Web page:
The Countryside Alliance’s position on lead ammunition has always reminded static. The same cannot be said for those that oppose lead. So far they have been unable provide enough scientific rigour on the impact of lead in the environment to justify a ban on lead. Instead, they have tried another tack, human health, to try and curtail the sales of game meat.
This is why we find ourselves in a position where two wildlife scientists, Dr Rhys Green and Dr Debbie Pain, end up publishing a report on human health. Dr Green, is from the Department of Zoology at the University of Cambridge, and describes his research as “effects of human land use and conservation management on populations of birds”. Dr Pain is head of conservation at the Wildfowl and Wetland Trust, a charity devoted to the preservation of wildfowl.
The pair have jointly published a research paper “Potential health risks to adults and children in the UK from exposure to dietary lead in gamebirds shot with lead ammunition”. Needless to say, the paper is not complimentary about the use of lead. The paper can be found here.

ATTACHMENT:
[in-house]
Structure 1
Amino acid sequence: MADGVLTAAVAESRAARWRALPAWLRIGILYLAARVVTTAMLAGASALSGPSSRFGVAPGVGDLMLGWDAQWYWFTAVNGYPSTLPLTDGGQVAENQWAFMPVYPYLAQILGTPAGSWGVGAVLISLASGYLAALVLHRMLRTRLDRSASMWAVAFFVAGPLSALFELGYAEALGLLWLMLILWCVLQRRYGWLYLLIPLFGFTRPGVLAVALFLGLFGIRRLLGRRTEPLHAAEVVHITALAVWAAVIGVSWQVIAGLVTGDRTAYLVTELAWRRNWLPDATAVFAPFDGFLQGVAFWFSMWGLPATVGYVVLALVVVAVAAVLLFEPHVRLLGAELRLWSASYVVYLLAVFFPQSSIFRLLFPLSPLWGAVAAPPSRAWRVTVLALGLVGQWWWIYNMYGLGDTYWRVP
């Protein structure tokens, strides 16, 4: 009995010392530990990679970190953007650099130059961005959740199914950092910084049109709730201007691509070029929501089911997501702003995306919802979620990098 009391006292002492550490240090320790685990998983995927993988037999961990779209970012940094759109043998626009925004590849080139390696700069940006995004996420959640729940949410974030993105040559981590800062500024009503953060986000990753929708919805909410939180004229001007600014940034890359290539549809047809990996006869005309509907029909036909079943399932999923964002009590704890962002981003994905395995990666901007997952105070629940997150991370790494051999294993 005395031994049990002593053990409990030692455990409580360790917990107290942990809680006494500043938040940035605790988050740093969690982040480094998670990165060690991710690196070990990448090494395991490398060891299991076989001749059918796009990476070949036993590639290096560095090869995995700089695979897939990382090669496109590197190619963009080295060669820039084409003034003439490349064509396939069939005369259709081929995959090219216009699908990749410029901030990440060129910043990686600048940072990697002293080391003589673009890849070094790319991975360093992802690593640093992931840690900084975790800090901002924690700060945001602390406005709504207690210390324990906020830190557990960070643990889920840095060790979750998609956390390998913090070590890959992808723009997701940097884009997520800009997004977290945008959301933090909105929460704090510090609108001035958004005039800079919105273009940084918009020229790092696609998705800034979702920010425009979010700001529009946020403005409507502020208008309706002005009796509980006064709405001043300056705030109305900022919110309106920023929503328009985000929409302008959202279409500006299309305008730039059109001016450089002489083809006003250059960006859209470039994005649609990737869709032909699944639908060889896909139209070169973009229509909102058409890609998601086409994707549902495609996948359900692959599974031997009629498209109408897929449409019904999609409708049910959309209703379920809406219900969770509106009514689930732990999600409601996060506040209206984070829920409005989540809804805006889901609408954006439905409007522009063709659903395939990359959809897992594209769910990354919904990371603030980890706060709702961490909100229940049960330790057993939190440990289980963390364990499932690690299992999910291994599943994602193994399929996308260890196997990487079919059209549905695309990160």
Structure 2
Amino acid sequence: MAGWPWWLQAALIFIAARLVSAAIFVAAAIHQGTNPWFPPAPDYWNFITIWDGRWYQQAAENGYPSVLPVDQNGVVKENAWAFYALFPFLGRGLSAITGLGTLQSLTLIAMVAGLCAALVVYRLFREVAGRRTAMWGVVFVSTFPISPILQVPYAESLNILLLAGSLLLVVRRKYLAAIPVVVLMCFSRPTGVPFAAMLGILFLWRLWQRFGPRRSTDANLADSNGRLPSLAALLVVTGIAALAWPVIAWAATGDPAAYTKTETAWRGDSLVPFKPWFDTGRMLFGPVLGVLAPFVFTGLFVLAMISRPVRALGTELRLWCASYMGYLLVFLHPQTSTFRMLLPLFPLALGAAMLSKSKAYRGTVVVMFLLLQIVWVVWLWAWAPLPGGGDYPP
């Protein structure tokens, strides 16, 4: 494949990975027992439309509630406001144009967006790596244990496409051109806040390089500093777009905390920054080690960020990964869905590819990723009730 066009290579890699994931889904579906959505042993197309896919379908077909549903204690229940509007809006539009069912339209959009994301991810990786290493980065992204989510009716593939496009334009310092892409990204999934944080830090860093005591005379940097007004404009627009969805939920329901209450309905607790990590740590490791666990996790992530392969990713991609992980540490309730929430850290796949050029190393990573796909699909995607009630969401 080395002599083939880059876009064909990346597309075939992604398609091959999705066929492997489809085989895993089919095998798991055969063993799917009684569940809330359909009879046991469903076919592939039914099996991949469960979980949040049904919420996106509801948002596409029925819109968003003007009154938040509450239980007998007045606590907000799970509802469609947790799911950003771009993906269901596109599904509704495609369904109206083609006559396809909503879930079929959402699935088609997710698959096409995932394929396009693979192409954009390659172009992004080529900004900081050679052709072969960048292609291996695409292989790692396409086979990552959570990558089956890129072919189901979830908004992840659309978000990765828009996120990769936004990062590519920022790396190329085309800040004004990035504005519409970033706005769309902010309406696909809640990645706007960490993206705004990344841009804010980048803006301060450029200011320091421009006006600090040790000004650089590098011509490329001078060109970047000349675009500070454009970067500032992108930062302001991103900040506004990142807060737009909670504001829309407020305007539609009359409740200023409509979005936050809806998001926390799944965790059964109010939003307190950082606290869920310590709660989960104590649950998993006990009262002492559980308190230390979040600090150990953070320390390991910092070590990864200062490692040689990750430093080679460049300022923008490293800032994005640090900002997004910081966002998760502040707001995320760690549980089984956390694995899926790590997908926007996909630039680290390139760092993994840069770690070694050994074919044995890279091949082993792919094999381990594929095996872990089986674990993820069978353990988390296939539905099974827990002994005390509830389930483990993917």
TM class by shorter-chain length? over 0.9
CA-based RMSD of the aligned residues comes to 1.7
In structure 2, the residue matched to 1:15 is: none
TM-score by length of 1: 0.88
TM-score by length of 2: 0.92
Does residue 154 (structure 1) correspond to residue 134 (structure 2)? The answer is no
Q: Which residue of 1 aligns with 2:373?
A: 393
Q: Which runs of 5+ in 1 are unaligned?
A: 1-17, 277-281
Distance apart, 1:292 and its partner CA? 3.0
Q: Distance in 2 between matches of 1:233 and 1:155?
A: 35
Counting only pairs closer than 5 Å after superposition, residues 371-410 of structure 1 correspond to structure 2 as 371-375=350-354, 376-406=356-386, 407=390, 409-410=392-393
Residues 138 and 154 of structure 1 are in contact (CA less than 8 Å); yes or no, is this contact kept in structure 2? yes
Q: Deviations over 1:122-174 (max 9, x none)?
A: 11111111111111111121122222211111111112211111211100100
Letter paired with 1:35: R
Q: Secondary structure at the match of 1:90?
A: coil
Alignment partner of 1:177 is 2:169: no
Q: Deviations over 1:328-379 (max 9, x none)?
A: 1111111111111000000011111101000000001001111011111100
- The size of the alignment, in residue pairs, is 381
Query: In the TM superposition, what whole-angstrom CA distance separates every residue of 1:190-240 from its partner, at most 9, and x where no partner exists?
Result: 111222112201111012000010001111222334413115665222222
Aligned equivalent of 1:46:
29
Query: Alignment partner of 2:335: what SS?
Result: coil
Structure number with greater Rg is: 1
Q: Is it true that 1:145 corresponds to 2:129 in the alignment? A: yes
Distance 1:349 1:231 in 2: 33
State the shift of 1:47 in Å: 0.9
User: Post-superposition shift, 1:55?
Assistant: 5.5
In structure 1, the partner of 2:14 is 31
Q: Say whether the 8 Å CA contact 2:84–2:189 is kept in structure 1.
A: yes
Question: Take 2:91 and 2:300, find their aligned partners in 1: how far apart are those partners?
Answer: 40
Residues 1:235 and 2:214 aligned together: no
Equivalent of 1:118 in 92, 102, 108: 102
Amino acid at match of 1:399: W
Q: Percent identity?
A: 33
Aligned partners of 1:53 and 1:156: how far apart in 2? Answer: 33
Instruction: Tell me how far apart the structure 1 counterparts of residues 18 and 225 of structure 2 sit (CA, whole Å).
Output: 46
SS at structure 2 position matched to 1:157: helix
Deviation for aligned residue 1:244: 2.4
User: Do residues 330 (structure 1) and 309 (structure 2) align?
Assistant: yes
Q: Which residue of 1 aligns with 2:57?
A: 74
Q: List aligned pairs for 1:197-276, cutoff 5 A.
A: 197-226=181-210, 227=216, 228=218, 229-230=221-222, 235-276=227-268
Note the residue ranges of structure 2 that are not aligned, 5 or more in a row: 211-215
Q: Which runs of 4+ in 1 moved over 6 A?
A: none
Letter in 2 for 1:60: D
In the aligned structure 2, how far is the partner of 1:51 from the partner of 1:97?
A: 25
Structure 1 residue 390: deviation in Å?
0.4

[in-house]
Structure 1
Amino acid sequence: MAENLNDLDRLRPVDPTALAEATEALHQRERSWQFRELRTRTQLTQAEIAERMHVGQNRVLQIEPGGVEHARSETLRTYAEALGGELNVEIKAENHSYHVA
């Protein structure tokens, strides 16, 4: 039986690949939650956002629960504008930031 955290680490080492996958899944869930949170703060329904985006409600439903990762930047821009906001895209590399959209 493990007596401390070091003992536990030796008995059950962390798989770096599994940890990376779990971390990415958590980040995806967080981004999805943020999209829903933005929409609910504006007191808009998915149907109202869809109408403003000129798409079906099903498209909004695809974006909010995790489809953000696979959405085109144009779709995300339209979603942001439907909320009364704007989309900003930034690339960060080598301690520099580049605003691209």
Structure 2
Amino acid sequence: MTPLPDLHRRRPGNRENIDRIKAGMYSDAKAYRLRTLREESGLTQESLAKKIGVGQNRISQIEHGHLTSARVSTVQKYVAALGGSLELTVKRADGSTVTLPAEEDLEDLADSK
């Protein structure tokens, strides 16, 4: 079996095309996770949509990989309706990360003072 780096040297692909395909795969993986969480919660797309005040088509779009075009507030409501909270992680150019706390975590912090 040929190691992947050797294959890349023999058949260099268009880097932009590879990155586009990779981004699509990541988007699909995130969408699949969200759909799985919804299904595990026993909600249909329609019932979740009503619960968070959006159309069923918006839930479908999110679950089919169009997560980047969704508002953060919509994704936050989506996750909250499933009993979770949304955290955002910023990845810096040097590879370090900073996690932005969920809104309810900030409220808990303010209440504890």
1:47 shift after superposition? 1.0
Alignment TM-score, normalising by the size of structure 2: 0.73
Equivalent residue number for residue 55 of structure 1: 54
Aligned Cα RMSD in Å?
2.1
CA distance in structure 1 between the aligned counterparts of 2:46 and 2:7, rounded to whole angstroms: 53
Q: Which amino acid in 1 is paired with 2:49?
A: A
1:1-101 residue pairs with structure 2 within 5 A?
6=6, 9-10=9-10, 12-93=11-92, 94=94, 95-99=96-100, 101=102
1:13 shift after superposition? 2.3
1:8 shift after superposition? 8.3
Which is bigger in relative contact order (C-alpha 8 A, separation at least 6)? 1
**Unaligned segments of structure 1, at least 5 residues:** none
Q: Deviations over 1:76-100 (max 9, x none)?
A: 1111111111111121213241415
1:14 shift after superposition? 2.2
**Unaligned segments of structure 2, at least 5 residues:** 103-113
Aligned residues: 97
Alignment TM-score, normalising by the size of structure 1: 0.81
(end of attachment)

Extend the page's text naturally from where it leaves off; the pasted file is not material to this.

The fact that these two individuals are vehemently against the use of lead ammunition is beyond doubt. The question remains why they should be carrying out research completely out if their field own academic fields, as this motivation for doing so removes any possible impartiality of the study in question.
It should be further noted that both of these individuals sit on the Lead Ammunition Group. Indeed, Dr Pain, in her position at the WWT called for the formation of the Lead Ammunition Group to be set up (letter here) to look at the evidence available. It now appears that the WWT are not content with the LAG process which the called for, and hence have decided to produce their own work. The population of this paper clearly removes any objective contribution either of these individuals can bring to the group.
Finally, the WWT should also be questioned as to their use of charitable funds. Money donated to the charity is done so for the conservation of wildlife, and a favourable tax treatment is gained thorough having charitable status. Using their funds for any human health issues is not only beyond the remit as a wildlife charity, but also do not represent the interest of their financial supporters.
As I said, the Countryside Alliance has remained firm. By doing so, the course of events have not gone the way these people planned. As such, they are left scrabbling around for arguments outside their own area to support their failing arguments. They may see this as a decisive paper, in reality, is it’s a desperate attempt to find a credible way to get lead banned.